The solution to the Lakers’ offensive rebounding woes isn’t as simple as saying, “Hey, crash the glass.” The first concern is that there is a small correlation between offensive rebounding and giving up fast break points. If you throw an extra man at the glass and they come up empty-handed, the opposition will have a numerical advantage to attack in transition. However, the correlation isn’t so significant that it is a one-for-one trade, and the Lakers already allow the fifth most fast break points per game. With the Lakers’ offense currently flirting with the bottom third, it’s worth it to see if the gains on the glass outweigh the losses. 

The next problem isn’t necessarily addressable. Offensive rebounding is a skill. A coach can scheme it up so a player gets more out of their abilities, but there is inevitably a hard cap on what they can accomplish. Players usually play to their strengths, and the Lakers’ offensive rebounding issues are, in part, a reflection of their roster. 

Anthony Davis ranks 18th in the league in offensive rebounding percentage at 9.9 percent and is far and away the Lakers’ leader in the metric. However, a 9.9 offensive rebounding percentage isn’t transformative on its own, and due to his offensive usage, it’d be impossible for him to ramp it up any higher without sacrificing other crucial contributions. He’s one of four players with a usage rate above 20 percent and an offensive rebound rate greater than 9.5 percent. If the Lakers want to improve their offensive rebounding, it’s going to have to come from everyone outside of Davis, who is already doing a tremendous job. 

The loss of Jarred Vanderbilt is likely the single greatest contributor to the Lakers’ poor offensive rebounding. In 29 games, Vanderbilt has an 8.2 percent offensive-rebounding percentage, which would rank 30th if he had played enough to qualify. While Vanderbilt is expected to be reevaluated for his foot sprain in the coming weeks, the Lakers desperately need someone else to step in his stead.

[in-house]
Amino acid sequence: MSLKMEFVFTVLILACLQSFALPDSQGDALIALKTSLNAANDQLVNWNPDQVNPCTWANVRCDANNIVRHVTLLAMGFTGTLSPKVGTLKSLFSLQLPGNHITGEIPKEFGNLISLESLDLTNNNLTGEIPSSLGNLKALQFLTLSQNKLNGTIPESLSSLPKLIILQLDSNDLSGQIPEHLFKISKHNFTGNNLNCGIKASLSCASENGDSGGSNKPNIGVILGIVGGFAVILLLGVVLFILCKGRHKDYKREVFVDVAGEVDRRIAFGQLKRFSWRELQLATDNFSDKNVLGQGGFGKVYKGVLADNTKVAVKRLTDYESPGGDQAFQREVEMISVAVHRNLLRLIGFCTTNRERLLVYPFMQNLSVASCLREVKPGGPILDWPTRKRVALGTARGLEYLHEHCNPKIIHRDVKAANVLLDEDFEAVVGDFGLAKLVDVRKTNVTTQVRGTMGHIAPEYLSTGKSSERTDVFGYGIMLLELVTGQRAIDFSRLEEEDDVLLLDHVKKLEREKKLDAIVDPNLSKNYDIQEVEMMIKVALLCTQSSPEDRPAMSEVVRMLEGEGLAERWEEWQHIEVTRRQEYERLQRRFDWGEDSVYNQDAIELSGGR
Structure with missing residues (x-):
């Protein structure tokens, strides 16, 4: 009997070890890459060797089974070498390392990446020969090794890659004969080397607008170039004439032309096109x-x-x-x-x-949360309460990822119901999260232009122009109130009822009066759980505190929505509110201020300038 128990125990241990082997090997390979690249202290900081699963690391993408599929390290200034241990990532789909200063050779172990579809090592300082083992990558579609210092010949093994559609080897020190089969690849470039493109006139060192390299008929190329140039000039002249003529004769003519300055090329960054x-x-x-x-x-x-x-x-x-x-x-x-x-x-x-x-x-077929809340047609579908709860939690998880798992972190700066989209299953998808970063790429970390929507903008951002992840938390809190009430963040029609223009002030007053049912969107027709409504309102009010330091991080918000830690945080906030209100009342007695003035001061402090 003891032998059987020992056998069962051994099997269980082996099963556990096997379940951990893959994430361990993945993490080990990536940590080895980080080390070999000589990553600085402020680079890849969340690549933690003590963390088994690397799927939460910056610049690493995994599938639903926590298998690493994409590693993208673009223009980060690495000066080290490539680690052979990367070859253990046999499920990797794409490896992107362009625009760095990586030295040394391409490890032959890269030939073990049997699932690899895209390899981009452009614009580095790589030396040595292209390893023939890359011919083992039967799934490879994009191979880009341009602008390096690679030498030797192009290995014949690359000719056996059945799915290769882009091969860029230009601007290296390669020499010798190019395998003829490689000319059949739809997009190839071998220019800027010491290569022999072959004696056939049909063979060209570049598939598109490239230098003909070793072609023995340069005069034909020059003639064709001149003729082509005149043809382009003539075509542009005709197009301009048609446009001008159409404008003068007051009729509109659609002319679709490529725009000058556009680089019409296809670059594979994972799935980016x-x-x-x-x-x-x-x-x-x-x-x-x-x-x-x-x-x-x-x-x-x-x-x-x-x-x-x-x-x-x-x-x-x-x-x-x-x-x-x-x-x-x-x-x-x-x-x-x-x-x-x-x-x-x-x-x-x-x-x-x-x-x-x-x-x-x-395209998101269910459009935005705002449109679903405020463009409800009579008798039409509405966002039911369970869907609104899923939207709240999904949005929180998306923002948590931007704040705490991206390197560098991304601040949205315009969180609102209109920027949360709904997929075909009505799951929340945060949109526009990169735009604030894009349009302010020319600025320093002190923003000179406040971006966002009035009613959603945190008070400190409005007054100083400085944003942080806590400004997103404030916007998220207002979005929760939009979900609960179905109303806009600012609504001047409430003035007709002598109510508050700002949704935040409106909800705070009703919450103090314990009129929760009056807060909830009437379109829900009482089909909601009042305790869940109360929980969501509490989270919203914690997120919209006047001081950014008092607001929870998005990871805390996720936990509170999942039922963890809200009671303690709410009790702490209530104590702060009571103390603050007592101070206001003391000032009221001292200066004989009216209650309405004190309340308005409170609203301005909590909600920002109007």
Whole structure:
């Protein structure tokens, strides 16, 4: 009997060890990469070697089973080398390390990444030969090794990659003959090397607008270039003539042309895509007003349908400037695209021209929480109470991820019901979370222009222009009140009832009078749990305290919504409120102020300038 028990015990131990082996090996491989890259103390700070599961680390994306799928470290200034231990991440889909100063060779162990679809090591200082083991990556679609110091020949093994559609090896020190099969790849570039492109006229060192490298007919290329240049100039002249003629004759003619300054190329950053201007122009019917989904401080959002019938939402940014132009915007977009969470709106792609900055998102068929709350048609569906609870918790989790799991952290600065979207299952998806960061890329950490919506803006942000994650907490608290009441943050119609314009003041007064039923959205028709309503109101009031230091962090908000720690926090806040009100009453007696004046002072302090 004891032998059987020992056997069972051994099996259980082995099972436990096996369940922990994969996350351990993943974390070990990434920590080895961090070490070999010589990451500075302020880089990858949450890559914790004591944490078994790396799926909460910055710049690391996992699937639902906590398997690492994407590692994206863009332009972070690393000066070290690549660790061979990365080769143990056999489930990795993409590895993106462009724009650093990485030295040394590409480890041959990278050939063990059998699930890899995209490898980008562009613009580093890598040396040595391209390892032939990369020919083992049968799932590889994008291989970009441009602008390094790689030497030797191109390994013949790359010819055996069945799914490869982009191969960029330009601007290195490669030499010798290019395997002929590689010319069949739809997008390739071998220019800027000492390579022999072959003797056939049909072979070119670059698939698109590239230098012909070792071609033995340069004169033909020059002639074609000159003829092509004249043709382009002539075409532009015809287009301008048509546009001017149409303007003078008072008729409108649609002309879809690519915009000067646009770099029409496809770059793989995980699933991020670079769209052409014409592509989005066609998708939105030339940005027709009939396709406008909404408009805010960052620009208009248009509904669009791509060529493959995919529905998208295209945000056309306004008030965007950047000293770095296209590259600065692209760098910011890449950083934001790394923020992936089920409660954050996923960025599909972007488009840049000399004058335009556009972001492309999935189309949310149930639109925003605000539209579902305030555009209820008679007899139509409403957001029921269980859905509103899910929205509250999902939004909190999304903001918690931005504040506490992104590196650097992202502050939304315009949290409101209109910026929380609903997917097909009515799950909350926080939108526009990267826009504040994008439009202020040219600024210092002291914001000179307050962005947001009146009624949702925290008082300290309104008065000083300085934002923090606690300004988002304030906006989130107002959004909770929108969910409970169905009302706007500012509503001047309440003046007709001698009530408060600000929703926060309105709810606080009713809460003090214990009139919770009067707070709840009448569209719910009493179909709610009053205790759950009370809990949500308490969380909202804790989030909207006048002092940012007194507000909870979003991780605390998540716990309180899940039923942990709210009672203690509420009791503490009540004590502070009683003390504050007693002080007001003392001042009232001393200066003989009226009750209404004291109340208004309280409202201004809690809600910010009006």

LeBron James would be the obvious candidate to help out on the offensive glass, but he’s in his 21st NBA season and is 39. Asking him to expend even more energy is a non-starter, and the juice probably wouldn’t be worth the squeeze if it detracts from the rest of his offensive game. Then there is Jaxson Hayes. He is an excellent offensive rebounder (8.4 percent), but the Lakers would have to move Davis to power forward, and chances are the gains on the boards would be wiped away by the losses in floor spacing. 

The key to solving the Lakers’ offensive rebounding problem lies in getting Rui Hachimura to understand that he is allowed to crash the offensive glass. Hachimura’s offensive rebounding percentage of 3.7 percent is 26th among qualified power forwards and well below some small forwards and even a few guards. At 6-foot-8, Hachimura has the size to be a positive on the boards, but he has never made it a focal point of his game. Coaxing more aggression on the boards out of Hachimura could help pull the Lakers from the bottom of the league and start pushing their offense toward the top third. 

If and when Jarred Vanderbilt returns, the Lakers should see some level of improvement on the offensive glass. However, they’ve been so poor this season that he alone isn’t going to vault them to the middle. The Lakers need to make a concerted effort to ramp up their aggression on the offensive glass. This is an offense that has the potential for significant growth by addressing one glaring flaw. If the Lakers address their Achilles’ heel or Vanderbilt’s foot, they’ll actually become the dangerous team they keep saying they are.